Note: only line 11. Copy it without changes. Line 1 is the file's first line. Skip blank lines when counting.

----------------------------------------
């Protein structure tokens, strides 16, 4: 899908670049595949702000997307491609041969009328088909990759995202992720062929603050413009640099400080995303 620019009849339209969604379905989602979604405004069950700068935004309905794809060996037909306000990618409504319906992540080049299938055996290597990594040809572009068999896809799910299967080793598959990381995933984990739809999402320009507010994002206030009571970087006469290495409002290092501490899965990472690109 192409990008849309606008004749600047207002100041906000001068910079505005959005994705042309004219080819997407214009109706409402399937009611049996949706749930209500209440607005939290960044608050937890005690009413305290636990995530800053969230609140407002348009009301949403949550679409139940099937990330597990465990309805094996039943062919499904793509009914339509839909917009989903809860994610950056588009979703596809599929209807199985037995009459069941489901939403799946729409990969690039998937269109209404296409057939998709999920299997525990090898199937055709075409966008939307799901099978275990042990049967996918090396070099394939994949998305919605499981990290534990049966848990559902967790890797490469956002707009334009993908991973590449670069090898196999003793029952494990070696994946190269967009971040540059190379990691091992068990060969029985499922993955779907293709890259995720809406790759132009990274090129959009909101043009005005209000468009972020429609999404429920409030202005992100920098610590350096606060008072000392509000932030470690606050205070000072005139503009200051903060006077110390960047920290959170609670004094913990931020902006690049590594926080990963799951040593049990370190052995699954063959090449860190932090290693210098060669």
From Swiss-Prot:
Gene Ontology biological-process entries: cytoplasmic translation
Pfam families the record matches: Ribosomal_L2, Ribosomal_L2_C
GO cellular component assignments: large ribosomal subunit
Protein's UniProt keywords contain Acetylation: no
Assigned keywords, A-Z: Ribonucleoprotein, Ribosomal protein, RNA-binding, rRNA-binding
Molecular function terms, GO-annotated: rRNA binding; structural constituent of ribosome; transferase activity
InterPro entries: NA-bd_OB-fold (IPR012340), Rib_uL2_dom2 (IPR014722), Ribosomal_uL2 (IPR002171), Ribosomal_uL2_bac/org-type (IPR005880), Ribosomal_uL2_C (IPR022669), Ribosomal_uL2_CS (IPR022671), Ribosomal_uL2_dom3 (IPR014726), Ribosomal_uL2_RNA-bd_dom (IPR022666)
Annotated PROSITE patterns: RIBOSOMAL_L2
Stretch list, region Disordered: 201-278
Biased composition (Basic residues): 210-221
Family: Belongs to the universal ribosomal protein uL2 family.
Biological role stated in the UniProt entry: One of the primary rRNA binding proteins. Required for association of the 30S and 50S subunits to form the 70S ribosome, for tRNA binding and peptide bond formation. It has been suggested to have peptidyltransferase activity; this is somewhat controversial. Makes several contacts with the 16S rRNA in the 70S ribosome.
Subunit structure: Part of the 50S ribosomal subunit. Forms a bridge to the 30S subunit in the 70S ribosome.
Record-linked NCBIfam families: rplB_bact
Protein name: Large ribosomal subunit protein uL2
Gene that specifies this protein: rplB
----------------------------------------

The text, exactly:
Stretch list, region Disordered: 201-278